To Frack Or Not To Frack?
Shale Gas – yes or no? As public opinion on fracking in the UK continues to be divided, we look at what the future might hold …
Energy has always been at the heart of British public debate. From North Sea oil in the 1970s to shale gas today, it continues to be as contentious as ever.
This morning, City A.M. claimed that it will be at least 10 years before shale gas cements its place in the domestic energy mix. Barely 15% of all oil and gas industry players surveyed believed shale gas would be successful within a decade.
Notably, 13% of industry players seem to believe shale gas succeeding in the domestic energy market might take up to 20 years. Political opposition and environmental concerns have barricaded the fracking process in Britain. But, the government’s support for fracking makes it all but a certainty.
As an energy import-reliant economy, energy independence is a crucial issue for the UK government to address. Downing Street’s push for shale gas is based on the hope that it will improve Britain’s energy security. Consequentially, it is hoped, shale gas might also reduce Britain’s reliance on foreign energy.
Is a ‘Shale Gas future’ feasible?
Shale Gas production comparison with the US, a major fracking market, is key. Dr Steve Priddy, LSBF Head of Research, says it might be unreliable in the long-term. Citing research by Energy Aspects, he notes that Bakken and Eagle Ford registered immense growth between 2003 and 2012.
The key factors that contributed to the US shale gas boom included:
- Private ownership of underground resources
- Cheap cost of credit
- Liquid futures markets allowing producers to hedge production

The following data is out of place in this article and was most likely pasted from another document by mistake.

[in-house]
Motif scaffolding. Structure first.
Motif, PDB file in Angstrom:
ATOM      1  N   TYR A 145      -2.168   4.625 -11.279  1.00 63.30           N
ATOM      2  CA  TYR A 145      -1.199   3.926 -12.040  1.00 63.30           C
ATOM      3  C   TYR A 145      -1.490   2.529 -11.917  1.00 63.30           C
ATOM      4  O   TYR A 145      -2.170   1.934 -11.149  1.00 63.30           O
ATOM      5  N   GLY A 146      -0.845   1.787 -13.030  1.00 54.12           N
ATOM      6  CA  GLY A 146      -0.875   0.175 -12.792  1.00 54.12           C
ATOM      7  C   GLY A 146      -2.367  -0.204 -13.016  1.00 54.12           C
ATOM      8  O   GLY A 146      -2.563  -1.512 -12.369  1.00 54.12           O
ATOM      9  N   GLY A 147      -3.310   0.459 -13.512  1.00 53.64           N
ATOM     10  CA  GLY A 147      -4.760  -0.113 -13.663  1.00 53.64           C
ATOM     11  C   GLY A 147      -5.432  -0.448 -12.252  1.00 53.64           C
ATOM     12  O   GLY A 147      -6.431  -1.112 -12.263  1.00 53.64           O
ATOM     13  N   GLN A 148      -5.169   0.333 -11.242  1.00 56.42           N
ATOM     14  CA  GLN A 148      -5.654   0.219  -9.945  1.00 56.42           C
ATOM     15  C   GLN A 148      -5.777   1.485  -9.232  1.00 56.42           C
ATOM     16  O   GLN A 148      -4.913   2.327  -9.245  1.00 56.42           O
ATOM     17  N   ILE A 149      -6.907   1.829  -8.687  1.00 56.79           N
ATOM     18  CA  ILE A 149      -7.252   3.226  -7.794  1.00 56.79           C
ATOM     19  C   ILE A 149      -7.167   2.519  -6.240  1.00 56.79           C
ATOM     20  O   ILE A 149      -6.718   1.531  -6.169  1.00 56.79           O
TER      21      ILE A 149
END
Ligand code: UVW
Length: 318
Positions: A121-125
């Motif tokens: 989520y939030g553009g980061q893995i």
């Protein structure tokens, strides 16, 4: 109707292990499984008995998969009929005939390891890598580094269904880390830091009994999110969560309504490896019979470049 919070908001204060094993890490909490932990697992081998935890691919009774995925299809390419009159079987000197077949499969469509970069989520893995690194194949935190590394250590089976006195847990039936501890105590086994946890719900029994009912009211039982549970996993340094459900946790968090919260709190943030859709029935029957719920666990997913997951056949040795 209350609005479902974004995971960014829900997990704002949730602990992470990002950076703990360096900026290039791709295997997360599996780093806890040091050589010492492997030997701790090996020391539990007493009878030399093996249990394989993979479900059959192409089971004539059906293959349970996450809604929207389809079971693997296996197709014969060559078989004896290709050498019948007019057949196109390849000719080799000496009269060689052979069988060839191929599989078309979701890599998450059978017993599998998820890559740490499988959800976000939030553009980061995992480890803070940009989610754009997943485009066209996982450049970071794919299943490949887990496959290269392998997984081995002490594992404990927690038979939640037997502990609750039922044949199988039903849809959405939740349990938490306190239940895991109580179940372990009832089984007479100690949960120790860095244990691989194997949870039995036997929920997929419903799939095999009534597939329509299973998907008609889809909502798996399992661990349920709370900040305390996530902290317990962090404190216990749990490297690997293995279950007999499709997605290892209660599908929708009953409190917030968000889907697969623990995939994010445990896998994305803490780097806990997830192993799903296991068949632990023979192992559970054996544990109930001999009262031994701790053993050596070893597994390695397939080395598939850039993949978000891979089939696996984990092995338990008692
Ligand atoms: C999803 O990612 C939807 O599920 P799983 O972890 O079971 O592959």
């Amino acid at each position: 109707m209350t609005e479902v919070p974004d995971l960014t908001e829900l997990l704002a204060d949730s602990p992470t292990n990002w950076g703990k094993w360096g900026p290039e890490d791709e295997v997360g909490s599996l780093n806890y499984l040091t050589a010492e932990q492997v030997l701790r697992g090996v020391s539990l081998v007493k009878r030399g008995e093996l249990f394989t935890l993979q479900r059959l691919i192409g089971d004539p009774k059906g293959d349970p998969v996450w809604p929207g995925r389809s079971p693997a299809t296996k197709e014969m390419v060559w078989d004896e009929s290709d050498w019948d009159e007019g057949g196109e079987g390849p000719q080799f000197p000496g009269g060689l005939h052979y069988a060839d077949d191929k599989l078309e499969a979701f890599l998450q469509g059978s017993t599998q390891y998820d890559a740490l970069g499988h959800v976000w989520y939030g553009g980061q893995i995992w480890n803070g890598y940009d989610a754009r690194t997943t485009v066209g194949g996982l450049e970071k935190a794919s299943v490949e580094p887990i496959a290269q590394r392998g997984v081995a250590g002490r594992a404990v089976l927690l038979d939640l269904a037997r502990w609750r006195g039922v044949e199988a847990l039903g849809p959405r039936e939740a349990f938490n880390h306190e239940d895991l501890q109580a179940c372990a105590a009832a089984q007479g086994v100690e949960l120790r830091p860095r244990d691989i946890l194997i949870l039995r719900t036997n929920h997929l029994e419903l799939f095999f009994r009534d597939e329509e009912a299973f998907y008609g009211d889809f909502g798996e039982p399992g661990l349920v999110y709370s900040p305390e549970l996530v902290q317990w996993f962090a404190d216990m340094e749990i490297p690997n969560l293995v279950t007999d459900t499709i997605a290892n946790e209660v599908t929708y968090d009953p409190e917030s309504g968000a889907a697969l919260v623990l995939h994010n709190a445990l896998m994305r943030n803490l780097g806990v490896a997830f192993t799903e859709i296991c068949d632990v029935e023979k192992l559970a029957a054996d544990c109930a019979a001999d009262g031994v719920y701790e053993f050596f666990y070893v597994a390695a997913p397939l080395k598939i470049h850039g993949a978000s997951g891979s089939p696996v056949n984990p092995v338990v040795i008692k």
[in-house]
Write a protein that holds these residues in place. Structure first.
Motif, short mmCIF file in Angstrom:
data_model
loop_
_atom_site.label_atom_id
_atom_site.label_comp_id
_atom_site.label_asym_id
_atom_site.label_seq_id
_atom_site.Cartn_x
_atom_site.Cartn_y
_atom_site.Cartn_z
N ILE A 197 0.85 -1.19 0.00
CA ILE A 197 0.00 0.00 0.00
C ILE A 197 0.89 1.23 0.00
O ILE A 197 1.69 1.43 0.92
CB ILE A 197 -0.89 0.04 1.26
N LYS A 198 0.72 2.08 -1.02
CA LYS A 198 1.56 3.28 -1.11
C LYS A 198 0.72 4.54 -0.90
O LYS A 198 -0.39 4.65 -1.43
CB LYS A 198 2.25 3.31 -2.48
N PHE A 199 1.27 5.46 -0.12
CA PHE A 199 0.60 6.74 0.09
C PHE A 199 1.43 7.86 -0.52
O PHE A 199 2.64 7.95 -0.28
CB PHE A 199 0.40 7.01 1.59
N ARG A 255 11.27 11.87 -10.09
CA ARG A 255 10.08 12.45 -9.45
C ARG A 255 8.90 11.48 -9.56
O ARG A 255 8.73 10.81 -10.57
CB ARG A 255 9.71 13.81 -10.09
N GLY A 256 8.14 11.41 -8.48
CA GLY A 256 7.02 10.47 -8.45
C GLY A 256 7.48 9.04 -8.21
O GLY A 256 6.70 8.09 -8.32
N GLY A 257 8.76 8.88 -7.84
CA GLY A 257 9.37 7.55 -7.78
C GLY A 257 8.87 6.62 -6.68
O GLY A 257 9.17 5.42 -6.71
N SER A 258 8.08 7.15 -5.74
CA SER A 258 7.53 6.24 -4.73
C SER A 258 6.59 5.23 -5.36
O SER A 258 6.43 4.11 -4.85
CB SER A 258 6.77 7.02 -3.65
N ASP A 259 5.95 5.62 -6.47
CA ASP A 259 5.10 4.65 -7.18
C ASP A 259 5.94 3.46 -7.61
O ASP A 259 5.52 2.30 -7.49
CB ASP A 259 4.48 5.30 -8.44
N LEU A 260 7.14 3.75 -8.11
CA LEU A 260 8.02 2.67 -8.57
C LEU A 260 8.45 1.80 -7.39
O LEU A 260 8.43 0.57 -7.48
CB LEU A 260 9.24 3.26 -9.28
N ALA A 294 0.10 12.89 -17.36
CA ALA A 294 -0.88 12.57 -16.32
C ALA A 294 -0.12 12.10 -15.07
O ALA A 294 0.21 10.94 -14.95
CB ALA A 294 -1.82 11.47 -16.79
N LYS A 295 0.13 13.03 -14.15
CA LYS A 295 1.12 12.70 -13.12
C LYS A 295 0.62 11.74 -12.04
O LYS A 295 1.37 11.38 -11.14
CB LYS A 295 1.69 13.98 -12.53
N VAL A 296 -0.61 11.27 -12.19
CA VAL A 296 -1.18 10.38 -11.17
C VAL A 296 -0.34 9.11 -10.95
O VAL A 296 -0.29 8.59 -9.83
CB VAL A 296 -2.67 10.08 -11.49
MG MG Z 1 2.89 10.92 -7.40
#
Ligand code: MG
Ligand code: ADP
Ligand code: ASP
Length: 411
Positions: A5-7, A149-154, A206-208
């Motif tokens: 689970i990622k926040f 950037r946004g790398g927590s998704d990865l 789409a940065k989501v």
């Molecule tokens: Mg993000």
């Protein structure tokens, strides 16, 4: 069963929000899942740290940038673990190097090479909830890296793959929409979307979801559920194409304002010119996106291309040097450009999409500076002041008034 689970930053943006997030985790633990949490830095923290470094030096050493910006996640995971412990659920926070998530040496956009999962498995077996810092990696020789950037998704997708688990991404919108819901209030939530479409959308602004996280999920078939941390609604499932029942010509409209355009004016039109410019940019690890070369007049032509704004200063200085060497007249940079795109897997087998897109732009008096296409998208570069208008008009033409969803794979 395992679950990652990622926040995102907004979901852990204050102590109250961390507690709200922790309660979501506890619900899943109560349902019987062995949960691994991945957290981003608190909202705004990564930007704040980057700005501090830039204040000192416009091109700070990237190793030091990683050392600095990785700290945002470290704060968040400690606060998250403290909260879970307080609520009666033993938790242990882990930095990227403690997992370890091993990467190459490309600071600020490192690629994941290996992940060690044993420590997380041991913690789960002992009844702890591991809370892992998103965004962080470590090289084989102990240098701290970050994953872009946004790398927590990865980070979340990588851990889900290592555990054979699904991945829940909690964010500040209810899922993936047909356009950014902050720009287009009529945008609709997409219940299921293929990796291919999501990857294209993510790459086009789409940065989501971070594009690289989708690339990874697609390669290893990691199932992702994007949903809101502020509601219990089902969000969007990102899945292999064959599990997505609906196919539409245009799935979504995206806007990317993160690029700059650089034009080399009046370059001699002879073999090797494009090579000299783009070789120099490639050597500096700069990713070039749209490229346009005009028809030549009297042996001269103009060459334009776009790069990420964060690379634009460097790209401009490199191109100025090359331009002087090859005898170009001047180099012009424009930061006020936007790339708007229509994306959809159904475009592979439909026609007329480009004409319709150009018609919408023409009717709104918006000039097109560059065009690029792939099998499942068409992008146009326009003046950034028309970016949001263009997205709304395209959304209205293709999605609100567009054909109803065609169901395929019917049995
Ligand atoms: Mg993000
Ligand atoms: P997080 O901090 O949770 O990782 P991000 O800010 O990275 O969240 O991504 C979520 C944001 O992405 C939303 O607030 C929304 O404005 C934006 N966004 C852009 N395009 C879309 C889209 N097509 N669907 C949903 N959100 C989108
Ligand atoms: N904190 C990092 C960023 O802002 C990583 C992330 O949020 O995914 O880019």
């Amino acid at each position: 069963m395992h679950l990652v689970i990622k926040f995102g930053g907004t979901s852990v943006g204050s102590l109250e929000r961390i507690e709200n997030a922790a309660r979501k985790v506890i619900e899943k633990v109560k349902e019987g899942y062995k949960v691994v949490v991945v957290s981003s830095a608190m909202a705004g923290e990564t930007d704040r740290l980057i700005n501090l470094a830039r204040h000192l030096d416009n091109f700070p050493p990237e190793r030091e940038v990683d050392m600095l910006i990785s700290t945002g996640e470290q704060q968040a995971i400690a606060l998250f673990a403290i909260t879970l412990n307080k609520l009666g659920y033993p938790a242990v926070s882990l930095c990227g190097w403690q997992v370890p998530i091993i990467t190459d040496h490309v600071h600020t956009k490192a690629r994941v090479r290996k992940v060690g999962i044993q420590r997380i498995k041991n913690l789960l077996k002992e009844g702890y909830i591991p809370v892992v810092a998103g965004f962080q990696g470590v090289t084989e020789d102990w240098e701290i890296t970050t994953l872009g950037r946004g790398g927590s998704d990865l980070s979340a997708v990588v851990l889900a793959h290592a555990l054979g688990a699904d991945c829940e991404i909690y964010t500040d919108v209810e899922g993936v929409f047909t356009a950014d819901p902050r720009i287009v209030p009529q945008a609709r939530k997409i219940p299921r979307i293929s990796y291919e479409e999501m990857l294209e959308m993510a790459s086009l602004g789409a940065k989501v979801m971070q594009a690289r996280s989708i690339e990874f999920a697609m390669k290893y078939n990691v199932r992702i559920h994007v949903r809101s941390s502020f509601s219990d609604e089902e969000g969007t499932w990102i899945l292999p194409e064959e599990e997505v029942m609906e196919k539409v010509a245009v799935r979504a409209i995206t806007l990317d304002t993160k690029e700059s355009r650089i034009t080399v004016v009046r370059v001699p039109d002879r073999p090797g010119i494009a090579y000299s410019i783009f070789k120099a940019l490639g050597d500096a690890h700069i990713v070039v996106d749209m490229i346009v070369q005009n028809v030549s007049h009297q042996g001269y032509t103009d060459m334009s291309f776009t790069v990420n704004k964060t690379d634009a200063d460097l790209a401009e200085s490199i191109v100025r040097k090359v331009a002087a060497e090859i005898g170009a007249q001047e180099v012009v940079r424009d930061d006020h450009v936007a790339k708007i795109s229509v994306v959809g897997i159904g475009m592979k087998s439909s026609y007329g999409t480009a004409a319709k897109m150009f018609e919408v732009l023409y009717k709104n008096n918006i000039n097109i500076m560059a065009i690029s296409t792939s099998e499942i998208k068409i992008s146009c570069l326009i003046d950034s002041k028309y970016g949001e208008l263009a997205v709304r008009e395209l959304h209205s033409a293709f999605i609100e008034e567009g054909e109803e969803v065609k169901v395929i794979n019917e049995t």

There is no doubt that the yields have been tremendous since shale gas drilling commenced. But, whether the UK can replicate this model, remains to be seen. Additionally, it still raises concern regarding future stability. The US model also shows the importance of longevity, which, according to specialists, shale sorely lacks.
‘Drill, Baby, Drill’, a report on shale fracking published by Post Carbon Institute’s J David Hughes, highlights the fuel’s future unreliability. Since its peak in the 2000s, Bakken oil’s fields show a continuous decline in production. And this decline is set to continue. While energy supply creates its own demand, the presence of competition must not be ignored. Neither must we ignore the move towards green energy in countries that can afford to pay high prices for fuel.
The UK is not a huge market to trade and profit internally from the fuel. The fact that British shale gas might heavily rely on generating income through exports, is an important factor to underline. It must not be ignored that this not only relies on British production levels but also declines in demand for OPEC-produced energy.
On the one hand, shale gas might be the possible solution to lighten the UK’s energy woes. It might lessen energy imports and bring in export income. On the other hand, profiting from gas exports relies heavily on global prices. If the value of gas plummets, the environmental costs may just outweigh the touted benefits.
The Telegraph claimed that the British government might well have ‘over hyped’ shale gas benefits. The article also said that fracking industry estimates might have overstated financial benefits by almost 400%.
It is much more of a debate than just environmental well-being versus energy self-reliance. Can the UK truly benefit from shale gas? Time will tell.
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<Principal image courtesy Craig Sunter/Some rights reserved>